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Professor unfolds international language journey for herself, students

Edna Lima is an associate professor of instruction and director of Instructional Design & Global Outreach Online Programs at Ohio University. But her career started at home in Brazil. Growing up, Lima often heard English on the radio and in other types of media.

“I’ve been in love with English ever since I was little,” Lima said. 

She said she would think to herself “I love this, and someday I’m going to speak this.” As she grew up, “the dream became bigger,” she said. 

Eventually, she became an English teacher in Brazil for 11 years. She obtained a bachelor’s degree in English/Portuguese at the Federal University of Viçosa, Brazil. Her dream then drew her to pursue a master’s degree and a doctorate at Iowa State University for applied linguistics and technology. 

“So I have two hearts, right?” Lima said. “My heart is divided between Brazil and the U.S.”

Language is “everything” to Lima. Her varied and long experience with applied linguistics gives her an insight into the science of language. 

“It governs the way you think, the way you learn and the way you teach,” Lima said. “I don't know if people realize that linguistics is something you do every day if you speak a language. It’s how you grew up learning, how you started talking, and how your language developed. It’s just how physics governs us every day, right? So too does language and linguistics.”

She has since been working at OU for 10 years. Being a teacher’s assistant at Iowa State University, and a former student herself, she finds it important to help her students with their studies. She tells students to “Come tell me what it is that you need and I'll find a way to help you out.”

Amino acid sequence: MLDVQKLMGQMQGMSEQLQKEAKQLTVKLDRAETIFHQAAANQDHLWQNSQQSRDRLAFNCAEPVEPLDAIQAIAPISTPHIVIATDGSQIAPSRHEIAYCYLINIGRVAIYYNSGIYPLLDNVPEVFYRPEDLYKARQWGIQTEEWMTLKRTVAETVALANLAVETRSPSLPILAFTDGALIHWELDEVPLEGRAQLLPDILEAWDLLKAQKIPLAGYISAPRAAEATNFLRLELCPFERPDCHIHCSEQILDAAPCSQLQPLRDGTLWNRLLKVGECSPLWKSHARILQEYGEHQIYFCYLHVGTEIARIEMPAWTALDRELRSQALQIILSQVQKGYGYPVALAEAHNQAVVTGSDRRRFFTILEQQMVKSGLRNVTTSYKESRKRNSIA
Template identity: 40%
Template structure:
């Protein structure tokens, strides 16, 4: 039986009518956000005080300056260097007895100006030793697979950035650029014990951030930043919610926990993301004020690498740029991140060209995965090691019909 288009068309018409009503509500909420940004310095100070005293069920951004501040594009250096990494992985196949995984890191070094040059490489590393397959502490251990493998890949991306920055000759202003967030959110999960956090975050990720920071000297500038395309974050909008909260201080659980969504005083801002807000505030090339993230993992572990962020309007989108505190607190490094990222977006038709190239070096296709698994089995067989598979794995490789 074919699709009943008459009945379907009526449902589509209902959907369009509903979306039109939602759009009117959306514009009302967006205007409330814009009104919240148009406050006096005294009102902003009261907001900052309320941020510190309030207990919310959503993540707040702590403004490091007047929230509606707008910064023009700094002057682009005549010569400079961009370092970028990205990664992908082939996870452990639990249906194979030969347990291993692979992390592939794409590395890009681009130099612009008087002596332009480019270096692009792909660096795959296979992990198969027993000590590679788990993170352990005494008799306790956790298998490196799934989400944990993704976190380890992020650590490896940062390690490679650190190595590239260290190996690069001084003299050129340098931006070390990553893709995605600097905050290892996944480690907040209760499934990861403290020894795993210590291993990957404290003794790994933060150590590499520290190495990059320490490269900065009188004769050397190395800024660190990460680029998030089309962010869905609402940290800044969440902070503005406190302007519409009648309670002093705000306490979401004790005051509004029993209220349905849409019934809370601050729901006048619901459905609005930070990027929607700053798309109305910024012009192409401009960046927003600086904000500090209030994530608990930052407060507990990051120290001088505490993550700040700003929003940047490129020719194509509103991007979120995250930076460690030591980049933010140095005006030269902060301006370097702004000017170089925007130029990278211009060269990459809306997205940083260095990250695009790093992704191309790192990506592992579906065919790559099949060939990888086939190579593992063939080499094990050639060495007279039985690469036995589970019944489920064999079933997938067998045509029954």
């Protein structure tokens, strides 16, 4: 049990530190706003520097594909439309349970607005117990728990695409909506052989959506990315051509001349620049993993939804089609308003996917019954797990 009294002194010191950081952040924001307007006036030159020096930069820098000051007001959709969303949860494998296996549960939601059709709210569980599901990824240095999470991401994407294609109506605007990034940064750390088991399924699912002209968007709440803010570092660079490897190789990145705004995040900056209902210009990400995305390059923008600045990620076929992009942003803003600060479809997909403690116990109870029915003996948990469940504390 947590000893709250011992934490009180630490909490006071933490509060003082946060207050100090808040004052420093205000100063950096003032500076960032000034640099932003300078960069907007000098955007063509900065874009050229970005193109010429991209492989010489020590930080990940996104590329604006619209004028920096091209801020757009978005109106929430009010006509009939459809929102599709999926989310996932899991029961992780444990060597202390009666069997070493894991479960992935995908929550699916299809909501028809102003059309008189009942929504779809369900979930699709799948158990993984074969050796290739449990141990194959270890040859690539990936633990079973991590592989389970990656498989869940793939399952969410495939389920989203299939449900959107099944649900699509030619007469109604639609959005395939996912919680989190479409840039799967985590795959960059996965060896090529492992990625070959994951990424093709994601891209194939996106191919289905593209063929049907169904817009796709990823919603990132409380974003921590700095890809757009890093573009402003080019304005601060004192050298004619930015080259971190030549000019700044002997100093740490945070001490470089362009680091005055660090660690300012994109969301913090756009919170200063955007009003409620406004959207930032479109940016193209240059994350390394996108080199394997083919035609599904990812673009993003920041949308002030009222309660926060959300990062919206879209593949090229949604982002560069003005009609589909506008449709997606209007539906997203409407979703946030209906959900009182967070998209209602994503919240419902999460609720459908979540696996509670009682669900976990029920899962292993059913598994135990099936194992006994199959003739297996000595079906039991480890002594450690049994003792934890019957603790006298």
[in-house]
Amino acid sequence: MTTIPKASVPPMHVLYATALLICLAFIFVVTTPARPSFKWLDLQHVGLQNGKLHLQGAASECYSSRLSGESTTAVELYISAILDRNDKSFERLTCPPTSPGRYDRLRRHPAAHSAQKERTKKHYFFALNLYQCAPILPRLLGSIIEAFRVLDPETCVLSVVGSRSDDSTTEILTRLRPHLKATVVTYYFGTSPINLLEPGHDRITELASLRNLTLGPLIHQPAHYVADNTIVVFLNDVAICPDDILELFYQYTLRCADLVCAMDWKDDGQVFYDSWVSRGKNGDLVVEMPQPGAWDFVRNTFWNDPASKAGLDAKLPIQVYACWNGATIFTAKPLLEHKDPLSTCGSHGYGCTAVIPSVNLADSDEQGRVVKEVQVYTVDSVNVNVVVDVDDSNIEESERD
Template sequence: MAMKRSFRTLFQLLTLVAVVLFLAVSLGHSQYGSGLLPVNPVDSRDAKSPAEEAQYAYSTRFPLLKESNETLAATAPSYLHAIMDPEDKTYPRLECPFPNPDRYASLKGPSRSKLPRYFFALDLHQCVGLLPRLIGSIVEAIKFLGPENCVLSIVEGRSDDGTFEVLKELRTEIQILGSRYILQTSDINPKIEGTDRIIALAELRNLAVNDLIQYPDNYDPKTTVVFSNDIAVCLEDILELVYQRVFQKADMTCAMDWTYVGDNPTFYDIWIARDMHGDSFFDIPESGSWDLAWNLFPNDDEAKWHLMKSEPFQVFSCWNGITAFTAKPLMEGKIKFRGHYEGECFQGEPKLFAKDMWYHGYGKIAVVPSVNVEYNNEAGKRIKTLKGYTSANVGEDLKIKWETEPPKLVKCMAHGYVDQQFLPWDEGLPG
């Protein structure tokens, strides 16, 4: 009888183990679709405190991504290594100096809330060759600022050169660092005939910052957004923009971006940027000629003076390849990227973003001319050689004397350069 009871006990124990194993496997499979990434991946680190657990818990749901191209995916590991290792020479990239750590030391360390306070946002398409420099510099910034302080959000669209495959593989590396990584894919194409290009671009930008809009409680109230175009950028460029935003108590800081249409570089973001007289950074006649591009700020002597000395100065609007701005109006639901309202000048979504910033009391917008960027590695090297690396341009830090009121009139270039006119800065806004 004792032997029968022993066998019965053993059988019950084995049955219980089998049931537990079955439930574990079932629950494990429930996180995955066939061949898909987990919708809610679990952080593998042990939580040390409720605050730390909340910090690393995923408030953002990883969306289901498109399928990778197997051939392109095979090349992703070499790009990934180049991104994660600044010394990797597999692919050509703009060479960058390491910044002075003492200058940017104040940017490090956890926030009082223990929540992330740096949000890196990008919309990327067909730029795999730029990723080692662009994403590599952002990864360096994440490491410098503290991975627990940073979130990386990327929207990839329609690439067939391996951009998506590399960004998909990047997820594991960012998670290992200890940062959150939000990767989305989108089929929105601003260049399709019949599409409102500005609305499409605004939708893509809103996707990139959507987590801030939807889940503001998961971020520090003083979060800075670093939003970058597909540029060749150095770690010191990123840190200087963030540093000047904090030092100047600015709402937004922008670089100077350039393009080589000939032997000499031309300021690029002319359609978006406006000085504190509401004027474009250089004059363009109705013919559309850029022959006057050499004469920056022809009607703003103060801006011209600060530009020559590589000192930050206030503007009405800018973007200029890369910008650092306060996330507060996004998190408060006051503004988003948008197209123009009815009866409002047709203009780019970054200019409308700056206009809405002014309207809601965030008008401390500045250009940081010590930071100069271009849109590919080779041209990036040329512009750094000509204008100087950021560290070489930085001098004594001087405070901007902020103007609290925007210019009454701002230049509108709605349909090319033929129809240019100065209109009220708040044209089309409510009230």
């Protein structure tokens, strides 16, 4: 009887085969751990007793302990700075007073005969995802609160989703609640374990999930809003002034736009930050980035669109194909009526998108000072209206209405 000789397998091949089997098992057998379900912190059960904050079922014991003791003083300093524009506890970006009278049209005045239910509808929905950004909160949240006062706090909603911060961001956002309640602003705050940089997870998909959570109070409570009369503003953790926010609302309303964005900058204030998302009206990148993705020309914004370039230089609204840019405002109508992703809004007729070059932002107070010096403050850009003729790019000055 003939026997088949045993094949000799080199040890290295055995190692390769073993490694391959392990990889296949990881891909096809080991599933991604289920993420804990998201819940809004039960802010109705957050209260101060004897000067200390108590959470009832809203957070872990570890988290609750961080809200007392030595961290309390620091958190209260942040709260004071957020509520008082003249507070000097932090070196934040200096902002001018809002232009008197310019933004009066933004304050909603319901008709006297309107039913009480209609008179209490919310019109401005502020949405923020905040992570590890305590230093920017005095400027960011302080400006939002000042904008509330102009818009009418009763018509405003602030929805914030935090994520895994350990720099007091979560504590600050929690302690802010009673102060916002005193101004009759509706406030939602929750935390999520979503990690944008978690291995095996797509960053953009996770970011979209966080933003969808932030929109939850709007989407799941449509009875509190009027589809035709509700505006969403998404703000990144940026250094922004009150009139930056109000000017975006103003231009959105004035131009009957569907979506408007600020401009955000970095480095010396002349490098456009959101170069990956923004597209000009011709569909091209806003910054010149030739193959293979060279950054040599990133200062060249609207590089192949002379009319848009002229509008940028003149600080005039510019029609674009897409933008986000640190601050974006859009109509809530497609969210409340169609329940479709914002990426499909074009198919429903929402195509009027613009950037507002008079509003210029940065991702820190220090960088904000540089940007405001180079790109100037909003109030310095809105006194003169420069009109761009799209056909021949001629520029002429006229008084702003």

As a non-native speaker of English, Lima understands some of the hurdles that international students may face in addition to their studies. 

“For the locals, the native people, you are already used to the culture and the system,” Lima said. “So for us, the language is a big problem. But I would say adjusting to the environment is way more complicated. You have to consider your cultural background or your religious beliefs.” 

Lima went on to explain how her style of teaching can differ from what some international students may be used to. 

“My students sometimes tell me ‘Professor Lima, my country still has the traditional style of teaching’ and they get very disoriented because I'm here putting them into groups to write assignments together,” Lima said. “So they're like, ‘This is out of my comfort zone.’ But I’ll teach you how to do it. So we have to adjust to all of that before we can be successful with our content.”

Lima may be only one out of many professors in the language department at OU, but overall Lima said OU is a welcoming university, and all units work hard on being diverse.

“We are all scholars, we want to contribute to the world,” she said. 

In order to communicate with one another across the world, Lima said the research today in spoken English is focused on being comprehensible. 

“We call it mutual intelligibility,” Lima said. “The idea is: do we understand each other? That is the point: communication.”

Whether one is an international student or not, or a member of the faculty, language and mutual intelligibility can promote connection. 

“I think being connected we are able to give and receive, and with that, we improve the future of our kids, undergraduate students, and graduate students,” she said. “So, I think about connections.”


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